Ba Nay Sar
15 November 2016 Death is something that no one can escape. The perception towards death are very different throughout historical time period. In pre-modern times, death was not something that much society thought about. Nowadays with the advancement of modern science and technology, it affected society to have a sense of hope and refusal to accept death. It’s a difficult to witness a deceased one gone at an instance, but that has not always been the case for certain society. The perception has changed with technological advancemment.There are some advantage and disadvantages with medical and technology advancement. It can potentially save lives, but it comes with an expense.
Over …show more content…
From treating cancer and delivering babies to dealing with heart attacks, doctors have developed technology and improved techniques.An increasingly sophisticated health technology definitely does not come cheap. People have to understand that all first world national healthcare systems face a range of challenges; one of which is the ageing population. People are living longer. This means an increased health needs but the working population generating income to pay for healthcare system is reduced. So one consideration would be, is the high cost which comes with high technology economically viable for the government.While once the staff has adapted to the new way of work, there comes the next problem. It is not uncommon for a computer system to face technical errors. The health care informatics system is no exception. This problem is especially crucial in the Accident & Emergency (A&E) Department. Various departments in the hospital are interconnected by a common information system. When 1 department is down, others are affected. For example, a patient was rushed into the A&E Department. When there is an error while retrieving …show more content…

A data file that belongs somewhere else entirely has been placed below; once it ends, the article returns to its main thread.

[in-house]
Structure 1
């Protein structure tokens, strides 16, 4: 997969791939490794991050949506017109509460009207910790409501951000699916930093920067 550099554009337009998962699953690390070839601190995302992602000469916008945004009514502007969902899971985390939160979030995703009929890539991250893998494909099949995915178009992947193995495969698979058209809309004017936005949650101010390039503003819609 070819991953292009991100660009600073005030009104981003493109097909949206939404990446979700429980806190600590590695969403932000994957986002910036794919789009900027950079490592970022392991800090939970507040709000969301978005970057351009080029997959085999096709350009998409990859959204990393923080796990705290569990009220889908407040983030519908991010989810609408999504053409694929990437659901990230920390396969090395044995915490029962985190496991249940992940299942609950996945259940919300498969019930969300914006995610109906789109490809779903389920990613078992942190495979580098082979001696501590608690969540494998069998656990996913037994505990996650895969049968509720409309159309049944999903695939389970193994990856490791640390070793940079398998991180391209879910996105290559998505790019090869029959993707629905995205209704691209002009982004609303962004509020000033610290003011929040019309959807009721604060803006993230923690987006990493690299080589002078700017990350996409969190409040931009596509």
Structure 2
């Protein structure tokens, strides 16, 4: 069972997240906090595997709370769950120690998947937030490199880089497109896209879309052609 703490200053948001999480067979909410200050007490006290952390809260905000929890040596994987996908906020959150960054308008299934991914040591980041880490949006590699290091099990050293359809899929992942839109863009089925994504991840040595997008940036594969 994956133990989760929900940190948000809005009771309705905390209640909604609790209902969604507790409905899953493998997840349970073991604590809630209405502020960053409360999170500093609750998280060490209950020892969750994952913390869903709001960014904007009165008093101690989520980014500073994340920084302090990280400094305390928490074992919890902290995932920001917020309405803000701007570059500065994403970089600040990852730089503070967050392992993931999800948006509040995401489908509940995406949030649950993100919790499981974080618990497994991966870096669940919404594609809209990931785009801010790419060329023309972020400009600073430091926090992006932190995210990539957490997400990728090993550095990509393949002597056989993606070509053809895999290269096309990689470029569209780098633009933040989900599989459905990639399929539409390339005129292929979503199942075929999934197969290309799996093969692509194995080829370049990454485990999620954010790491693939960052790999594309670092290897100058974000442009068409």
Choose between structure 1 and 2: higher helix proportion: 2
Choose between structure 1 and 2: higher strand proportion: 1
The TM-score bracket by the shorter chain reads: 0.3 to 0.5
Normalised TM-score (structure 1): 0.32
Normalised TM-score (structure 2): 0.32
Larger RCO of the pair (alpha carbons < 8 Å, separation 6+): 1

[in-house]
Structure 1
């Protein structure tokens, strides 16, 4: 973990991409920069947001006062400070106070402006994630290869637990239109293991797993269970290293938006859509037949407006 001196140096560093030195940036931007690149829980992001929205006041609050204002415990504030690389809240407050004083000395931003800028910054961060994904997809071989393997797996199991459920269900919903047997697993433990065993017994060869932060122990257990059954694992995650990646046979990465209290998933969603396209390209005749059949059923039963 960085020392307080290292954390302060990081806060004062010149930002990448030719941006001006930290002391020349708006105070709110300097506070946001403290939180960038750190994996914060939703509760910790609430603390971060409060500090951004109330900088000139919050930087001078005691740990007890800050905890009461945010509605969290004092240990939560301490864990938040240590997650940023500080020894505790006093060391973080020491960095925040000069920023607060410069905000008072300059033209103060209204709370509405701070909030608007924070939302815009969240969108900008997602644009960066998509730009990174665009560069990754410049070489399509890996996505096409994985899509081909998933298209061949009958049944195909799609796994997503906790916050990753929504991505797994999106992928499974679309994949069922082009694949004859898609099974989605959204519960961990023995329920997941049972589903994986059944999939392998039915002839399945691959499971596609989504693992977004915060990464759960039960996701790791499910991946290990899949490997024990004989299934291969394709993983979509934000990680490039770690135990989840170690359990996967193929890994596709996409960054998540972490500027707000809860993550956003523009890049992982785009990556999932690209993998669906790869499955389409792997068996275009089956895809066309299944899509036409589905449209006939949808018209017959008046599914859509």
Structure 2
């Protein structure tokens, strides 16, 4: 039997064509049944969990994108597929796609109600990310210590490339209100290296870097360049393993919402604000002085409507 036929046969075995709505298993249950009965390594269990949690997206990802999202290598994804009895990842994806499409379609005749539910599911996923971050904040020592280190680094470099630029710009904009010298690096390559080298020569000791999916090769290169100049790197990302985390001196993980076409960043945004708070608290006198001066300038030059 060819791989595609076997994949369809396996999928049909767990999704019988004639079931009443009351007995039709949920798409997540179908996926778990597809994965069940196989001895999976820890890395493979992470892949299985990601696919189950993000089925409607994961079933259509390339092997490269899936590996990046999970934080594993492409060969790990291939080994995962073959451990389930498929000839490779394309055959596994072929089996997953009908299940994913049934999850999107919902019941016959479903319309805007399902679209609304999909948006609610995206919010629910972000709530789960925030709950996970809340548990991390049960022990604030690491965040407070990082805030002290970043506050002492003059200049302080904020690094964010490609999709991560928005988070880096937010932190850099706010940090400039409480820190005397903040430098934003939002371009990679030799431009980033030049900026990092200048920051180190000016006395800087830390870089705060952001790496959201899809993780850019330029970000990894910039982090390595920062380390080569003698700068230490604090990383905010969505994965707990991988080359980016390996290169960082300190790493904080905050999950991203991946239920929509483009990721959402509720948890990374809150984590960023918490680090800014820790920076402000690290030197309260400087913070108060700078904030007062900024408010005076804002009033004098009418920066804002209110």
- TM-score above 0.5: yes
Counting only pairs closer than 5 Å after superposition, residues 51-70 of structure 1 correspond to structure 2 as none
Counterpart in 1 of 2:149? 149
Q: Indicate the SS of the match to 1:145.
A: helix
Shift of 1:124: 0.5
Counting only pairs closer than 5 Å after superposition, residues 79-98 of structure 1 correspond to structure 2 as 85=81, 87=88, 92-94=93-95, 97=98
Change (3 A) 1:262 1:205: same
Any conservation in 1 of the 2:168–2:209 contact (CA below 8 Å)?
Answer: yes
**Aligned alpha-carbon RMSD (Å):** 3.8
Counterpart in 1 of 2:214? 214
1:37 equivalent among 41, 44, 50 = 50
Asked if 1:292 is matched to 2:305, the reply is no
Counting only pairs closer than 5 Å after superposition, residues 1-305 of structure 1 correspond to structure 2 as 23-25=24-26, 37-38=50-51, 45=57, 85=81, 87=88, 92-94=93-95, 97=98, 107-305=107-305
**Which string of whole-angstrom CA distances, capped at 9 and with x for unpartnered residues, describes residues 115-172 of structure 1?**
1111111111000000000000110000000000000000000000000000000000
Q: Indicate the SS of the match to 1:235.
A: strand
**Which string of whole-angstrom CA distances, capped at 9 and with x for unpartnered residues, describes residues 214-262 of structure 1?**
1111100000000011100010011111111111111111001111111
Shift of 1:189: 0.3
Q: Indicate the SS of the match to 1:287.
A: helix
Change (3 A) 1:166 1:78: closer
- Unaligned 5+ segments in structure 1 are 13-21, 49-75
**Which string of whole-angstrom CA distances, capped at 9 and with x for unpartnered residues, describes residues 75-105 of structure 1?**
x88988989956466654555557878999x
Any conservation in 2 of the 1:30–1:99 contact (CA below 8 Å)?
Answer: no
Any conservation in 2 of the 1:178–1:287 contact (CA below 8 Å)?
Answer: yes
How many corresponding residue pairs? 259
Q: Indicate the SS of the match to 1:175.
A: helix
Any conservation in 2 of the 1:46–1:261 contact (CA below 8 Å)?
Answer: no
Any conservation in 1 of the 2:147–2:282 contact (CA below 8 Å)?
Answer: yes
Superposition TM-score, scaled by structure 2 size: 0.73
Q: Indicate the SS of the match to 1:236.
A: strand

Death was more pervasive, more present, always lurking over one’s shoulder, as represented in art of the era. Church Father Ambrose of Milan, for example, propounded the notion of death as a good for the Christian, as it delivered him from life’s calamities and evils and led him to the ‘true life’5. Further to this, in the medieval literature references can be found to holy men and women with longings of a spiritual origination for their own deaths, as they represented a sweet release from this earthly world into the next, more spiritual realm of the divine where they could join their beloved Saviour. A ritual which seems arcane to us now, but was once common was the treating of death as a communal and public event, where family, neighbours and friends would gather around the bed of the dying person to pay their respects and to witness the event6.A historical view of death encompasses a review of social practices that we would be tempted to term "extreme" – the elaborate mourning rituals of the Victorian period; the erotic portrayal of death in medieval art. We might consider these practices as extreme but what they did accomplish was an acceptance of death, even a celebration of death. In contemporary